published, health care leaders were primarily focused on innovation. The report marked a
pivotal moment in the health care industry, policymaking, and society’s expectations about
how health care is provided. Starting in early 2000 (the report was released in November
1999), attention rapidly shifted from a focus on innovation as a way to advance health care to
a focus on safety. That movement toward safety has grown ever since, and that, I believe,
has provided enormous benefits to our patients.
Am I satisfied with the rate of harm surgical patients continue to experience? Of course not.
However, safety is not a static goal line but rather a moving target. New processes, new
devices, new ways of providing treatment—yes, innovation—continues full throttle, and while
these advances have benefited society in a significant way, they also have created
vulnerability and risks that were not present before. Managing those risks, creating a culture
of safety, and continuing to focus on ways to identify and eliminate threats before they
become errors is, in my view, the greatest legacy of this report and a moral imperative for
every surgeon.
The thoughts and opinions expressed in this column are solely those of Dr. Pellegrini and do
not necessarily reflect those of The Joint Commission or the American College of Surgeons.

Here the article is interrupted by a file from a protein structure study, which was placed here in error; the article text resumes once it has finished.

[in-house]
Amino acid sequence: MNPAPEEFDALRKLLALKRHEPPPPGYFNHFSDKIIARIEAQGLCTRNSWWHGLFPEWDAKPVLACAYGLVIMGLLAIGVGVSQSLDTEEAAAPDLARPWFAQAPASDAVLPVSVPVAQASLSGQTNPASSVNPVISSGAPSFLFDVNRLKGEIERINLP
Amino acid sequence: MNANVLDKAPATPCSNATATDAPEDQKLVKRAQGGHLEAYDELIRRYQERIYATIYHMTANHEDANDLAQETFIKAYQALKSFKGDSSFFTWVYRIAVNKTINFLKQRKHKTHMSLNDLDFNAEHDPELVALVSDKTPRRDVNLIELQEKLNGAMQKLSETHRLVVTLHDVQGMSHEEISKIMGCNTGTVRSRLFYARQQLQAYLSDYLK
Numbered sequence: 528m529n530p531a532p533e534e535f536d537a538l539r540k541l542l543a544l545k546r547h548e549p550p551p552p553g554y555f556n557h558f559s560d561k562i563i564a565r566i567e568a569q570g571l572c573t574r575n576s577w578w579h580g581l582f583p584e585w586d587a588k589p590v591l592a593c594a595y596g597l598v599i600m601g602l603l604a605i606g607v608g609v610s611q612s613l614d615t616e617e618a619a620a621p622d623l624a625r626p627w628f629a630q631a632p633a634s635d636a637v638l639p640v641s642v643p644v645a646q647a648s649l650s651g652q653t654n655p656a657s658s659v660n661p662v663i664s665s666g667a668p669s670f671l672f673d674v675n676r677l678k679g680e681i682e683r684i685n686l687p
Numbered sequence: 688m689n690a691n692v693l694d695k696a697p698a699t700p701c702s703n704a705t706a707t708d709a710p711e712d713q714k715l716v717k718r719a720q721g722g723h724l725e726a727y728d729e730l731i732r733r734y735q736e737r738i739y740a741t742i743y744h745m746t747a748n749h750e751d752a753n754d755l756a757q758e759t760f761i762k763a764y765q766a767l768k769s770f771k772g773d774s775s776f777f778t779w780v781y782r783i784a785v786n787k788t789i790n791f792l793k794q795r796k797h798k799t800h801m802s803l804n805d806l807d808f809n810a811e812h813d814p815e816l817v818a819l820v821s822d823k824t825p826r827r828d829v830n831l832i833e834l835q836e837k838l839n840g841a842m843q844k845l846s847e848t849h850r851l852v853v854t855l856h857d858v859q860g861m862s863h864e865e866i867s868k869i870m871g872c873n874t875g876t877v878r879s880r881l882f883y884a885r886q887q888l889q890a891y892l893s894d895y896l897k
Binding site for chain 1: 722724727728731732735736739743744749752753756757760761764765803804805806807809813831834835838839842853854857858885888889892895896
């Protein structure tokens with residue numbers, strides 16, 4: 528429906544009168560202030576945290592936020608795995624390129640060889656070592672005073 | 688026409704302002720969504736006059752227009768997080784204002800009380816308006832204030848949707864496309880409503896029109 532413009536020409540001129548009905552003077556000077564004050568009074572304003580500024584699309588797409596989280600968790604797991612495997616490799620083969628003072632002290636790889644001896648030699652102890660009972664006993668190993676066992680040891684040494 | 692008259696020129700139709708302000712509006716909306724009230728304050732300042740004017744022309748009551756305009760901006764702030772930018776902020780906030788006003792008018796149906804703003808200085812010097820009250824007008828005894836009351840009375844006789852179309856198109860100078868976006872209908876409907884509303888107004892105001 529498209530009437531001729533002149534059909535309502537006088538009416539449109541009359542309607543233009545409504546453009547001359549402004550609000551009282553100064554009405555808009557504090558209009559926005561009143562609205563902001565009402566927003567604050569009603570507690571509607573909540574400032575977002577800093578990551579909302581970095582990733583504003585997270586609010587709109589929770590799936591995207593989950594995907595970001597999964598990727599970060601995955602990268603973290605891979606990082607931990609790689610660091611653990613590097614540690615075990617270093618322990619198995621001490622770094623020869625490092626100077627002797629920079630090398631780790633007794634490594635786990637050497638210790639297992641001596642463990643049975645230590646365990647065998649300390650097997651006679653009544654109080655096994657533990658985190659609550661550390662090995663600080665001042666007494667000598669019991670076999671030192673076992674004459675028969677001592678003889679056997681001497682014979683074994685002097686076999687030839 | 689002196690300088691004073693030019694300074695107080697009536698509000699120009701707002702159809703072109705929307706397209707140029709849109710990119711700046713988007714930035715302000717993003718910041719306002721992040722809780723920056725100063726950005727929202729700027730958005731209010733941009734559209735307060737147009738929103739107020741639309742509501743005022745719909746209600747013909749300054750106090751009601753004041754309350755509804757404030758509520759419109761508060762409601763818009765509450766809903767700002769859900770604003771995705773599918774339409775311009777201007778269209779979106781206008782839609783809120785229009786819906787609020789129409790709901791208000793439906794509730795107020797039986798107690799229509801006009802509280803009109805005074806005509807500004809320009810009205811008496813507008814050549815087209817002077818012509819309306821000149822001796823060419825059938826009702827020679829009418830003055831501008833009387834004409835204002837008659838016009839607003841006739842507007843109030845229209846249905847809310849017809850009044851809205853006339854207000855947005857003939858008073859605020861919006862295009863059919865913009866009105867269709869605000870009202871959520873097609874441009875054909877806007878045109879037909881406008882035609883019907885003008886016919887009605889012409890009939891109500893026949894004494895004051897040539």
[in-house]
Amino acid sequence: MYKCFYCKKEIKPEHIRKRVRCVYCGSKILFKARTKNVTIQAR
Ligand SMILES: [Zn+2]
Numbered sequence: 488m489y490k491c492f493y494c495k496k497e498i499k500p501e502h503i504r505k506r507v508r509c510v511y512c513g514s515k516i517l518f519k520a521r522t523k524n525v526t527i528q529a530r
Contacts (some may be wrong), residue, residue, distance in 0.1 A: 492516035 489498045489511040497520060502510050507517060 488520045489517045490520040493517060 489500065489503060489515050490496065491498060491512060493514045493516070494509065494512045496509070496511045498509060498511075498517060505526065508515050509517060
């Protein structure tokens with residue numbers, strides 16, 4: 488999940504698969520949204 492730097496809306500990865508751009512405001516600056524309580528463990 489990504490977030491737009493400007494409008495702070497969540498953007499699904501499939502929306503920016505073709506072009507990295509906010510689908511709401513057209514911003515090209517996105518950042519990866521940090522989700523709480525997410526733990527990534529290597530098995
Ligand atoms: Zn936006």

1. Institute of Medicine (U.S.) Committee on Quality of Health Care in America, Kohn LT,
Corrigan JM, Donaldson MS, eds. To Err is Human: Building a Safer Health System.
Washington (DC): National Academies Press (US); 2000. Executive Summary.
Available at: Accessed December 30, 2019.
2. National Vital Statistics Reports. Centers for Disease Control and Prevention (National
Center for Health Statistics). Deaths: Final data for 1997. June 30, 1999. Available at: Accessed December 30, 2019.
3. National Vital Statistics Reports. Centers for Disease Control and Prevention (National
Center for Health Statistics). Births and deaths: Preliminary data for 1998. October 5,
1999. Available at: Accessed
December 30, 2019.
4. Chassin M. One-size-fits-all approach to patient safety improvement won’t get us to the
ultimate goal—zero harm. Mod Healthcare. Available at:
improvement-wont-get-us-ultimate-goal. Accessed December 30, 2019.
5. American Hospital Association patient safety leader reflects on ‘To Err is Human’
report. Advancing Health. Available at:
11-13-patient-safety-leader-reflects-err-human-report. Accessed December 30, 2019.
6. Chassin M. To Err is Human: The next 20 years. The Joint Commission High Reliability
Healthcare blog. Available at:
Accessed December 30, 2019.